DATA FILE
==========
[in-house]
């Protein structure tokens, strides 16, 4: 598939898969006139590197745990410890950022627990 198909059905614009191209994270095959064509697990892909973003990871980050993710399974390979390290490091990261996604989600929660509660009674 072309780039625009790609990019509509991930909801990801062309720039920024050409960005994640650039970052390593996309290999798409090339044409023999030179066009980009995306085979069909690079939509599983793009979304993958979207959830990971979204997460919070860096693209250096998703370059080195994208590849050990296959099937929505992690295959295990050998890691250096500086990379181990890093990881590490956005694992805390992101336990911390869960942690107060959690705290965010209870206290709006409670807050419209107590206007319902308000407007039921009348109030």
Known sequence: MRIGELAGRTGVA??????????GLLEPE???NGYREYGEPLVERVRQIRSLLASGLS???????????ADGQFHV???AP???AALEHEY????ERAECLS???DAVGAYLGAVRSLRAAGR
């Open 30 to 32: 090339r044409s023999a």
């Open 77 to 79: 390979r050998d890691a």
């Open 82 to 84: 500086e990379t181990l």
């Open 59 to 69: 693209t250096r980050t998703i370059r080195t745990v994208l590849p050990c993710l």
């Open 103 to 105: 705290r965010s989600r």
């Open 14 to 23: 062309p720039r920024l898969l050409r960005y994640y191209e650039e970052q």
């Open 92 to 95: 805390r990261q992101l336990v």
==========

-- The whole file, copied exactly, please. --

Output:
[in-house]
């Protein structure tokens, strides 16, 4: 598939898969006139590197745990410890950022627990 198909059905614009191209994270095959064509697990892909973003990871980050993710399974390979390290490091990261996604989600929660509660009674 072309780039625009790609990019509509991930909801990801062309720039920024050409960005994640650039970052390593996309290999798409090339044409023999030179066009980009995306085979069909690079939509599983793009979304993958979207959830990971979204997460919070860096693209250096998703370059080195994208590849050990296959099937929505992690295959295990050998890691250096500086990379181990890093990881590490956005694992805390992101336990911390869960942690107060959690705290965010209870206290709006409670807050419209107590206007319902308000407007039921009348109030």
Known sequence: MRIGELAGRTGVA??????????GLLEPE???NGYREYGEPLVERVRQIRSLLASGLS???????????ADGQFHV???AP???AALEHEY????ERAECLS???DAVGAYLGAVRSLRAAGR
């Open 30 to 32: 090339r044409s023999a």
């Open 77 to 79: 390979r050998d890691a």
């Open 82 to 84: 500086e990379t181990l």
């Open 59 to 69: 693209t250096r980050t998703i370059r080195t745990v994208l590849p050990c993710l």
């Open 103 to 105: 705290r965010s989600r």
């Open 14 to 23: 062309p720039r920024l898969l050409r960005y994640y191209e650039e970052q």
């Open 92 to 95: 805390r990261q992101l336990v």